I am in my 6th year in the legislature. I have served on several House committees including Commerce and Energy, Taxation, Transportation (chair) and Appropriations. While this service is important and very helpful, I consider my Christian faith and my business experience as my greatest assets. Having been on the receiving end of always expanding government rules, regulations and taxes makes me push back against bad ideas and new taxes.
5. Do you support tax relief for South Dakotans? If so, what types and how would you make that happen?
Yes. I have voted multiple times for tax relief. In the 2022 session I voted for the sales tax to roll back to 4% (as the law requires once internet purchases are taxed – which they are). I also voted for the removal of the state sales tax on food. Both of these bills passed the House, but were killed in the liberal leaning Senate.
6. Housing availability has become an issue for many South Dakotans. How would you seek to make housing more affordable?
I helped write and was a co-sponsor of HCR 6002 during the 2022 session. That resolution passed both legislative chambers with strong support. It outlines that the free market system combined with an “active reduction in governmental burden” is the “most effective solution to meet the need for affordable and workforce housing . . .”. Government at all levels should be looking to reduce taxes, eliminate or lower fees, remove unnecessary red tape and approvals and consider alternative design standards for housing infrastructure. On a state level, the 2% excise tax the state imposes should be placed on a moratorium at least until the situation improves.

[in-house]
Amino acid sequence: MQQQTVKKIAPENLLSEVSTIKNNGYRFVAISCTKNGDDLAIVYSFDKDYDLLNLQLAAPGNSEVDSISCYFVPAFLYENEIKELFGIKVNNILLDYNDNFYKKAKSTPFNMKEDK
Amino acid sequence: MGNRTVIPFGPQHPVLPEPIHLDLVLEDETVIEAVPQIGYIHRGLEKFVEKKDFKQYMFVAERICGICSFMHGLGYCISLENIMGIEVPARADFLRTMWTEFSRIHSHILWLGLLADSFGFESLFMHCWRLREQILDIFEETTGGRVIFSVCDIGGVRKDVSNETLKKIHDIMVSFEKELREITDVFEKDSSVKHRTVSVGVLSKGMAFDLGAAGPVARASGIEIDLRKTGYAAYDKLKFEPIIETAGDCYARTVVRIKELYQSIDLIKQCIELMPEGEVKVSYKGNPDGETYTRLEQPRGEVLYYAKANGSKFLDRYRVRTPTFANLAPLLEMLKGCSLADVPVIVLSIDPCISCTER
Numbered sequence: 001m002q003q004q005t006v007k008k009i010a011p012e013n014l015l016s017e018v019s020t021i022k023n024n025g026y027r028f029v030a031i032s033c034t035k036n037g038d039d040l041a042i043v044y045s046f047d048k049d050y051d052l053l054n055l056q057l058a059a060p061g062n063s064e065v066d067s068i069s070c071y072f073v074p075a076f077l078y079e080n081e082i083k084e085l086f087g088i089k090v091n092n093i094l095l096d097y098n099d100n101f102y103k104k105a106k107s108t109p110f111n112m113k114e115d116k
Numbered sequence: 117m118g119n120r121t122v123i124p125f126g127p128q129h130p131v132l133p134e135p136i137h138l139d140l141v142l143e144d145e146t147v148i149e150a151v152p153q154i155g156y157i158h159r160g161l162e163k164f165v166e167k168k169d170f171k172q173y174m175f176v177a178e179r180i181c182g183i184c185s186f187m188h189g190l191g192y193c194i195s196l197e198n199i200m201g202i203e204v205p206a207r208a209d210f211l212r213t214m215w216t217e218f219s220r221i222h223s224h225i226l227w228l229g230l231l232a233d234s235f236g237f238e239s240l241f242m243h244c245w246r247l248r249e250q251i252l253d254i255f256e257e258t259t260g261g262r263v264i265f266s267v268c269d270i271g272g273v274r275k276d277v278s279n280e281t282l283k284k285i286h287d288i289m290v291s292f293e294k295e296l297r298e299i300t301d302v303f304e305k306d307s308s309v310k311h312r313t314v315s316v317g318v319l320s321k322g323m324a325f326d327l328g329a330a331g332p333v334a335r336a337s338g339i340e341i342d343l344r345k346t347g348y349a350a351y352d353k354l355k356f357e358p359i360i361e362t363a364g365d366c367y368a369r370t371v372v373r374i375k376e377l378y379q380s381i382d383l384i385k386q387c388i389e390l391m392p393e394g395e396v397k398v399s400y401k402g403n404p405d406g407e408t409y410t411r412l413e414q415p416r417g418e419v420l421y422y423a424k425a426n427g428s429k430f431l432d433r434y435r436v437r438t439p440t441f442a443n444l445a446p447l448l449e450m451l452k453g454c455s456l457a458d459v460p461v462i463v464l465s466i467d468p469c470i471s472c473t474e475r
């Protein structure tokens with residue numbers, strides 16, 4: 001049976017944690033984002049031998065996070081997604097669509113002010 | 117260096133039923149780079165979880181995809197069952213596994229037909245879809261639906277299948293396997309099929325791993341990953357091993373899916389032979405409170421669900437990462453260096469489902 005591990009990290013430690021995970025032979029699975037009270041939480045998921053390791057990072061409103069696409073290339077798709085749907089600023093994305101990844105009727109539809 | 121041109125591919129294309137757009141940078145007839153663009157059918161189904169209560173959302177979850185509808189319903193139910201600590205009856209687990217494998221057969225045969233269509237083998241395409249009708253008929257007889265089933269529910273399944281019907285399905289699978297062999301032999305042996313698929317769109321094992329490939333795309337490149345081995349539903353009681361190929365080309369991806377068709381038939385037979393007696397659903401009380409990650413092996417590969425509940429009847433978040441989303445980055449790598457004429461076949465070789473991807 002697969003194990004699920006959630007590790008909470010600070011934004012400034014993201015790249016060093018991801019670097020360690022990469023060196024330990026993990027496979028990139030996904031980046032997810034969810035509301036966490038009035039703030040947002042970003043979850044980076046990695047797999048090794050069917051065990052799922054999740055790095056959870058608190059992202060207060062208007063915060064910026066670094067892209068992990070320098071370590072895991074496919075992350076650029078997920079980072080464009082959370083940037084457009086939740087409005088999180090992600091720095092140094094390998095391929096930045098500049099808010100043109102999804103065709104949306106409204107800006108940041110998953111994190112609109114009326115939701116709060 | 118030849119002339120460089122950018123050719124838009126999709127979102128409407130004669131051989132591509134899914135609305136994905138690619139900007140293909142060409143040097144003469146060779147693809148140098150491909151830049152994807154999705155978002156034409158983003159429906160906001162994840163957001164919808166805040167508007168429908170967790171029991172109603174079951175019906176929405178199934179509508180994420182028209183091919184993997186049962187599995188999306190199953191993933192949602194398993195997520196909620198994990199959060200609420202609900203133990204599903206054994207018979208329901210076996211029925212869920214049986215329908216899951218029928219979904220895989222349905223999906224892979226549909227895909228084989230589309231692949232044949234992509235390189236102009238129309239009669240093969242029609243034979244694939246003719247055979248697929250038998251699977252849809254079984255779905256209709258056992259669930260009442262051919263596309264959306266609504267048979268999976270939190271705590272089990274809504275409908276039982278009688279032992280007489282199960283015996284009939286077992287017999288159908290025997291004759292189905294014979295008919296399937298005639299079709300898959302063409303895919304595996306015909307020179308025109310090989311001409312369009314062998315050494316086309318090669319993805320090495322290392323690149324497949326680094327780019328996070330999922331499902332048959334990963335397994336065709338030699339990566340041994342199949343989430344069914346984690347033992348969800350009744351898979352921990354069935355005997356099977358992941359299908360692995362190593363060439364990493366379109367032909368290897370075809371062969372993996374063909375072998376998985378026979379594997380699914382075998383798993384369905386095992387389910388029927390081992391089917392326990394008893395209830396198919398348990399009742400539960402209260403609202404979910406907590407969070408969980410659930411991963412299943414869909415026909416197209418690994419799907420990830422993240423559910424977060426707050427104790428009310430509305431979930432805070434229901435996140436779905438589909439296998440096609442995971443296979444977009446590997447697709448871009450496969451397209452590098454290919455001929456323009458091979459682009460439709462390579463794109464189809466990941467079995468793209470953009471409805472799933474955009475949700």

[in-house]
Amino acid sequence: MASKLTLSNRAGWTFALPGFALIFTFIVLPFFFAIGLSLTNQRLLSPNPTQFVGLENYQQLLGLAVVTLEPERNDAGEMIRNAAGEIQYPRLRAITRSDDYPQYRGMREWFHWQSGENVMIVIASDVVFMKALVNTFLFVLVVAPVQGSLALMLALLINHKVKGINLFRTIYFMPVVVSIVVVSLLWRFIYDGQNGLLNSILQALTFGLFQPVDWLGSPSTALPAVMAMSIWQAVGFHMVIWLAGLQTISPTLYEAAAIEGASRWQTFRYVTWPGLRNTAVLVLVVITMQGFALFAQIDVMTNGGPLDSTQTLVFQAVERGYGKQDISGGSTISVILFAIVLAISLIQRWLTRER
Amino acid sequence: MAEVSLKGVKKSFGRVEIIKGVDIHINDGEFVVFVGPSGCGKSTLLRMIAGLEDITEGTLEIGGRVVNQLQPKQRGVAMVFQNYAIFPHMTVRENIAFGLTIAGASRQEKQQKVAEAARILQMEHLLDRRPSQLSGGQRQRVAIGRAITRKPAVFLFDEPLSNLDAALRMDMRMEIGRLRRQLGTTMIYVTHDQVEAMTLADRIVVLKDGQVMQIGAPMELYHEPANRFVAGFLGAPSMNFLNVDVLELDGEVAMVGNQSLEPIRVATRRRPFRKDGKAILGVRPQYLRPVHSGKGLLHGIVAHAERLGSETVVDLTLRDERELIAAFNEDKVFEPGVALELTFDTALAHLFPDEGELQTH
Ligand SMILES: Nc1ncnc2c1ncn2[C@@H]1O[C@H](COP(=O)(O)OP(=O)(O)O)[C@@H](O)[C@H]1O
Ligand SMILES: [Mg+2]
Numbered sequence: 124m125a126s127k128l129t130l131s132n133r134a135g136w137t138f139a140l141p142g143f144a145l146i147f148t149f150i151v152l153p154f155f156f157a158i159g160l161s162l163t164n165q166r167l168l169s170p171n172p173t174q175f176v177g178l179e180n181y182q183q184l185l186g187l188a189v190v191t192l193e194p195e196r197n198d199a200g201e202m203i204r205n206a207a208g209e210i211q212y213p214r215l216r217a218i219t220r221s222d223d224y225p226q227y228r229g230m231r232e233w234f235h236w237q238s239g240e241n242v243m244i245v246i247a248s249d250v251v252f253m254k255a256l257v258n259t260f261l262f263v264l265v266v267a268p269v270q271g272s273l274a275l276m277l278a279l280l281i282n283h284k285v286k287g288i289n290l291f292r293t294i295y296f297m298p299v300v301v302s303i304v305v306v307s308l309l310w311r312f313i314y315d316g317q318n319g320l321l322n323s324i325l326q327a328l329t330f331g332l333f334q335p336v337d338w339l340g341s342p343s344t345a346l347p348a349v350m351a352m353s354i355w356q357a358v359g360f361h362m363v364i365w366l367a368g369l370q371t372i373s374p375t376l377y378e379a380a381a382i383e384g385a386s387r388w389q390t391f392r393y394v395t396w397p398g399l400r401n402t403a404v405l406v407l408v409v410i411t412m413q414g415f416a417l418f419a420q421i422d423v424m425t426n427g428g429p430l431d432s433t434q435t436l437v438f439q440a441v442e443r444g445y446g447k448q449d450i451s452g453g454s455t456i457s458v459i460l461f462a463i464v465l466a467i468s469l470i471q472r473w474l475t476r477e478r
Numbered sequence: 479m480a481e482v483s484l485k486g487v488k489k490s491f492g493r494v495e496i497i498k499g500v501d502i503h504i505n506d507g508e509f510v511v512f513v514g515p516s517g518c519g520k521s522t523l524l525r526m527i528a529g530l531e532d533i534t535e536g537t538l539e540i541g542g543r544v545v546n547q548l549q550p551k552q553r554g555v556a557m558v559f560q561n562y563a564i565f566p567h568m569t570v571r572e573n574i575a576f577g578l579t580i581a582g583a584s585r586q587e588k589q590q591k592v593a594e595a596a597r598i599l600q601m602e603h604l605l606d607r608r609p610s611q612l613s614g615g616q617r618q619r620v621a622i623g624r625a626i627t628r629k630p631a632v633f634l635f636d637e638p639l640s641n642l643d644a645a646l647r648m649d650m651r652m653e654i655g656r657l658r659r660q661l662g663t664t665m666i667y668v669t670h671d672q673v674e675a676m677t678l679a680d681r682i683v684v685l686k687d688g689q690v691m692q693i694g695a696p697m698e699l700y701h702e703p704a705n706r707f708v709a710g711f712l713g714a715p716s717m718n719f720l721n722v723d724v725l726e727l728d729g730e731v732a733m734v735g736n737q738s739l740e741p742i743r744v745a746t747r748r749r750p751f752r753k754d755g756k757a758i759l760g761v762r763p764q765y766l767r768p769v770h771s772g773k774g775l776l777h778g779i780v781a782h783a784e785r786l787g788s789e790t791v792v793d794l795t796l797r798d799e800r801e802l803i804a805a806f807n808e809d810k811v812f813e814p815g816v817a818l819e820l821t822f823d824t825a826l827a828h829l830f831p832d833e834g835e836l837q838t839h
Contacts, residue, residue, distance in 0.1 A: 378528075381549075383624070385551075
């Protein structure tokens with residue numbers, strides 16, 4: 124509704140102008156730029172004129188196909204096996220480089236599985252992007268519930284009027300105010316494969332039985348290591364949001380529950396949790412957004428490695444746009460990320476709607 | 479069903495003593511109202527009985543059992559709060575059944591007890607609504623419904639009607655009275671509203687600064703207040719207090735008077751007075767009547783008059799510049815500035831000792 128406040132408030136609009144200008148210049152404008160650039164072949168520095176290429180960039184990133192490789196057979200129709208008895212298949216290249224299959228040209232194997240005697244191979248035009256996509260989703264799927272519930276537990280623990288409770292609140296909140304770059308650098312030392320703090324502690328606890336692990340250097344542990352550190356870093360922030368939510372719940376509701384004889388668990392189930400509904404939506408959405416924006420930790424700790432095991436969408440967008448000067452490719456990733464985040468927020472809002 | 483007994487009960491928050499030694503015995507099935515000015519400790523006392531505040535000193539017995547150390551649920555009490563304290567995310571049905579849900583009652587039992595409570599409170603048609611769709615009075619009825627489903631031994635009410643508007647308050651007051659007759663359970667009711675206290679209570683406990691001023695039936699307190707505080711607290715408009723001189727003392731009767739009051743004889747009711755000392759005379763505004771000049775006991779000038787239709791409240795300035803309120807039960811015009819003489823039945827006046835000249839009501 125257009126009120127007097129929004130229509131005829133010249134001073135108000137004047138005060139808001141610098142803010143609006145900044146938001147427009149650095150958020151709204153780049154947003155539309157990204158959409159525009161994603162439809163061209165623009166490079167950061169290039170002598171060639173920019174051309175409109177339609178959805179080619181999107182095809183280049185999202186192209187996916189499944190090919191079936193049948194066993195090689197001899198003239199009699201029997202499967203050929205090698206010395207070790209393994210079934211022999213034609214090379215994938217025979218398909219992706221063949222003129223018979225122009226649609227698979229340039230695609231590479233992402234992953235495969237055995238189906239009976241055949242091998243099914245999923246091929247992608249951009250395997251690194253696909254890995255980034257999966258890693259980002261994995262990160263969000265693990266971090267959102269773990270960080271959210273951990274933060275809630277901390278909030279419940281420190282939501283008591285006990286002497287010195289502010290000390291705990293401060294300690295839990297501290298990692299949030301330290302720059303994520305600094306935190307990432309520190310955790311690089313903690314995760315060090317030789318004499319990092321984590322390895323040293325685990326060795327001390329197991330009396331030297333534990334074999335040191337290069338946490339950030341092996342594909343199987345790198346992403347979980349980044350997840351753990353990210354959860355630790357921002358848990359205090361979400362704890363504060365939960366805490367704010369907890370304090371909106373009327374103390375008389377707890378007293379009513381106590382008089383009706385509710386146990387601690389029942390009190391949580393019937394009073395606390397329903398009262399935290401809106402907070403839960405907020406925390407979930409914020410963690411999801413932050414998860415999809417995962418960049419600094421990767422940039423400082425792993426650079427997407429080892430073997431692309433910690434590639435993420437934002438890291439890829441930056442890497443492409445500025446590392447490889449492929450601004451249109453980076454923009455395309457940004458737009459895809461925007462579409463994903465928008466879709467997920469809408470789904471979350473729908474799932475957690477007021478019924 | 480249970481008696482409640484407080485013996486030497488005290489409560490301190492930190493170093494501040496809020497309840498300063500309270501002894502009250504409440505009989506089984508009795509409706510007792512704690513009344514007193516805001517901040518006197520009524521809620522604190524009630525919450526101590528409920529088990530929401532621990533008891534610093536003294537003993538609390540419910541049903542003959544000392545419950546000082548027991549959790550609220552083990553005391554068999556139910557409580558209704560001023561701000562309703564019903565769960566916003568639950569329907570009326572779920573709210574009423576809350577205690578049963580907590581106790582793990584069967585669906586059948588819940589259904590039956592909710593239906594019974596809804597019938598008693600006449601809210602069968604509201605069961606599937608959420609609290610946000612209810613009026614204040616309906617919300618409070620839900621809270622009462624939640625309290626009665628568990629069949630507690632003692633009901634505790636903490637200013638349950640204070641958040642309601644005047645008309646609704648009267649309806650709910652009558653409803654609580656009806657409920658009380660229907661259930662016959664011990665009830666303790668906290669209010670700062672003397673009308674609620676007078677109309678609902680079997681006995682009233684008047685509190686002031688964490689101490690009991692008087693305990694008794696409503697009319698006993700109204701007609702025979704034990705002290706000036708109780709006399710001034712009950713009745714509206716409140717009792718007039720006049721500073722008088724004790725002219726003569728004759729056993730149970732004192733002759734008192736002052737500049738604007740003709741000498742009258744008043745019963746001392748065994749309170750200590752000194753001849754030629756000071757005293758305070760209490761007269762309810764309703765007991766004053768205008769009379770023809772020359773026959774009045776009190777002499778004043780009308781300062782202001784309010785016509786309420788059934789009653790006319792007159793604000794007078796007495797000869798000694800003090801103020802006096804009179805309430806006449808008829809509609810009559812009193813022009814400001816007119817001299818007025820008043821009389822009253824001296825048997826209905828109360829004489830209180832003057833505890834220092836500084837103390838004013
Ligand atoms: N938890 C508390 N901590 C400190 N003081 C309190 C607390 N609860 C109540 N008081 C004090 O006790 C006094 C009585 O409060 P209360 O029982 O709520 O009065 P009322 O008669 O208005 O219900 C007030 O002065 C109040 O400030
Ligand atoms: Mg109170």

7. South Dakota Correctional; facilities have been dealing with a number of issues, most prominent among them are overcrowding and staff shortages. What would you do to help combat these issues?
Through interim legislative committees, the legislature will be studying the criminal justice system this summer and fall in a holistic way. We need every idea now because we will live with the solutions that get implemented for decades to come. I will bring my experience as a building contractor, my experience serving on a jail expansion committee for Brookings County and my working knowledge as a member of the Appropriations Committee into play as each idea is vetted next session.